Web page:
Be pixel perfect

Wherever possible, try to use vector shapes for all shapes in your design. This may seem obvious but some designers still draw boxes using the Marquee tool and fill. A common problem with vector shapes is edge blurring. This is when the vector shape edge isn't sitting exactly on a pixel, and the edges
aren't sharp.

To sort this, you need to zoom in as far as the Zoom tool will allow, and then use the Direct selection tool to shift the edge until it's neat. A unified practice amongst my team is consistent spacing. We try to make sure all the elements on the page are spaced in increments of 5 or 10 pixels.

It's just so much easier to know that when you pick up someone else's file, all their elements will be spaced the same amount, saving you time measuring everything. You can use the Shift key when moving an object with the arrow key to space things out in increments of 10 pixels.

I'm not saying that you should always space stuff in 5 or 10 pixel increments, but if you do have a rule on a comp for how things are spaced, jot it down in a note so other designers will know what to look for.

Leave a trail

It's very useful to add your details to the File > File info menu. In all honesty, there are so many fields of data in this menu and I never use much of it, but simply putting your name in the author box is useful.

This way, another designer can find out who created the document. Consequently, you'll know who to chase should you have any questions, or who to shoot if they've flattened something you need unflattened!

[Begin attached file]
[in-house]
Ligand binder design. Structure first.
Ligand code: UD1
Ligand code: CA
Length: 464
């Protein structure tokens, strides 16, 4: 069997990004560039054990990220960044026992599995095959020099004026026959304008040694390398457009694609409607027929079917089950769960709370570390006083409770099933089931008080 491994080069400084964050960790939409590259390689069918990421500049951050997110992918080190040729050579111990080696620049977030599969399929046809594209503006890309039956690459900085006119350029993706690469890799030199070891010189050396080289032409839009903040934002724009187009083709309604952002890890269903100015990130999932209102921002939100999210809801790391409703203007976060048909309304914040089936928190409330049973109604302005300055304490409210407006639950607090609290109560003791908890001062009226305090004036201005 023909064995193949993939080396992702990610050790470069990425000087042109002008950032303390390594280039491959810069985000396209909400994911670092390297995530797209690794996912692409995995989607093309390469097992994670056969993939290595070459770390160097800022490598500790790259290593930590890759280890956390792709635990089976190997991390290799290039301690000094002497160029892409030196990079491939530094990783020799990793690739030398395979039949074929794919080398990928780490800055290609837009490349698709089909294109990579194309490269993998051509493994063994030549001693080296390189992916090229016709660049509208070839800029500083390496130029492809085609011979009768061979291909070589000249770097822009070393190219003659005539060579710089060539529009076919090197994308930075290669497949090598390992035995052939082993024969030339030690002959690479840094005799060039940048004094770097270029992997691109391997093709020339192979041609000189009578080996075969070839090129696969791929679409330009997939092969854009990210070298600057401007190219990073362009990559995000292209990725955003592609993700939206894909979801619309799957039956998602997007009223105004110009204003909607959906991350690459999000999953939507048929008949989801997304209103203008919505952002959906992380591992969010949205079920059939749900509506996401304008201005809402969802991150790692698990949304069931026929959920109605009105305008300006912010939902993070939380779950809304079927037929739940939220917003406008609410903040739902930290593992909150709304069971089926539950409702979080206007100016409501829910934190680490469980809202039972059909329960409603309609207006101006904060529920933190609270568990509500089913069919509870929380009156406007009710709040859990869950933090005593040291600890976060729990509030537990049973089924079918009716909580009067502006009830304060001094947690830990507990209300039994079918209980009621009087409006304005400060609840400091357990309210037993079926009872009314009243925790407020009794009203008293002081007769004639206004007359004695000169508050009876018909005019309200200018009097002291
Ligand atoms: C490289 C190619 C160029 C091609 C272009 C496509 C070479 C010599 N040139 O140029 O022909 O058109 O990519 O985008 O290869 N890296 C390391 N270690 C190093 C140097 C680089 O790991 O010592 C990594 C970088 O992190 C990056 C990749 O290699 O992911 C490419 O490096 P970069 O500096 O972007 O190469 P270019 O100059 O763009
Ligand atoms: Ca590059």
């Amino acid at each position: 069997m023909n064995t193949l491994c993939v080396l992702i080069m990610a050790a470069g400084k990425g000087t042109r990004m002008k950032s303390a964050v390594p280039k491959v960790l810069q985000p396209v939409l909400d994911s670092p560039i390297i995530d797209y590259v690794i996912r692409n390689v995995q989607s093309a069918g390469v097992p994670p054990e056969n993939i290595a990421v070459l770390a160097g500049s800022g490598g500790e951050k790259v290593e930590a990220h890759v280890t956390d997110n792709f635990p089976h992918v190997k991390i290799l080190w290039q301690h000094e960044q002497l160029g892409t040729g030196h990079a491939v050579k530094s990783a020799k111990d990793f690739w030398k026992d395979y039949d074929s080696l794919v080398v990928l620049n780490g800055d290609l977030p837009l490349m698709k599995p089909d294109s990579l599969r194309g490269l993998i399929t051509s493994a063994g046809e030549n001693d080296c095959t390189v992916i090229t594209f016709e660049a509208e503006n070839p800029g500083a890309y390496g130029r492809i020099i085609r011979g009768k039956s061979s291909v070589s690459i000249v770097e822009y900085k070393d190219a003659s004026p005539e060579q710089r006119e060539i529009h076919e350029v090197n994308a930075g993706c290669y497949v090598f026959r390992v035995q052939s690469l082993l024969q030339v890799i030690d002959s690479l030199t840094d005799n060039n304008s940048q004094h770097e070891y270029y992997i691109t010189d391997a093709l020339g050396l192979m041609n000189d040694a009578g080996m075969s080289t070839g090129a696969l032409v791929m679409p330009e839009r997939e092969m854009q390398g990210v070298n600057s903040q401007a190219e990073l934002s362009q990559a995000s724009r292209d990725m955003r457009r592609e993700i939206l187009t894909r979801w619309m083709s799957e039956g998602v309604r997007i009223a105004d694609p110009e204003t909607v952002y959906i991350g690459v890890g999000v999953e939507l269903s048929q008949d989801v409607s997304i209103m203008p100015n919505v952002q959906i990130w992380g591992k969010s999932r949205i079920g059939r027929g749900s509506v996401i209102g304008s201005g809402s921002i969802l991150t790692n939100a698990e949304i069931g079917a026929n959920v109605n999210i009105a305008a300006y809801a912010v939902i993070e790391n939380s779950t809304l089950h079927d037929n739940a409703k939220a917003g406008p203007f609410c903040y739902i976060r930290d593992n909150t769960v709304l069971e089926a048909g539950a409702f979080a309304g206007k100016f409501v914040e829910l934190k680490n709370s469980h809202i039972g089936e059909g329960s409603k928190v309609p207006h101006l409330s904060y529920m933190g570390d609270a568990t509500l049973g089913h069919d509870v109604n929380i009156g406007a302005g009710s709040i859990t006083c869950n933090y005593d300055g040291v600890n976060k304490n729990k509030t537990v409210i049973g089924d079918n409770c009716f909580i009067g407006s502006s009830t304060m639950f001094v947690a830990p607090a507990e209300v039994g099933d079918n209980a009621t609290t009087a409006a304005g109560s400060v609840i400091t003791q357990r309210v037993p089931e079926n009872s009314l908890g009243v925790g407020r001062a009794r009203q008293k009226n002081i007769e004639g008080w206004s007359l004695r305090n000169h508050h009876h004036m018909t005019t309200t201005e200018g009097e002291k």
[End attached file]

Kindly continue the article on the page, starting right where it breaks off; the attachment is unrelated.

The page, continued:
I also like to make notes with the Annotation tool. Admittedly the annotation post-its can get annoying, but if you keep them off the document's editable area, they aren't so bad. If I get an idea while working on one layout I'll jot it down so I can come back to it later. I actually use real post-its to list out tasks I need to do for the day, but the digital versions are great for making sure others get all the information they need.

Include all options

Make sure you tie up all loose ends on your design. This will prevent the stressed-out developer asking you, "What happens when you rollover this?" Including rollover states, drop-downs, highlights and expanded menus in your comp gives those guys all they need to build the site. It's good practice to include several layer comps with all the different states of navigation.

There are a few things I tend to do a lot, so I create actions and droplets for them. This is pretty standard stuff, but something good to share. I always have a 'Save as jpg' action and droplet assigned to my F1 key. This action exports as a high quality JPG to a specified images folder on my desktop. I can then quickly batch a whole set of comps to get them ready to show to a client.

-------------------------------------------------------------------------------------------------------

First published in .net Issue 188

Liked this? Then check out 10 seriously useful Photoshop tutorials

Sign up for the free weekly TechRadar newsletter
Get tech news delivered straight to your inbox. Register for the free TechRadar newsletter and stay on top of the week's biggest stories and product releases. Sign up at http://www.techradar.com/register

Follow TechRadar on Twitter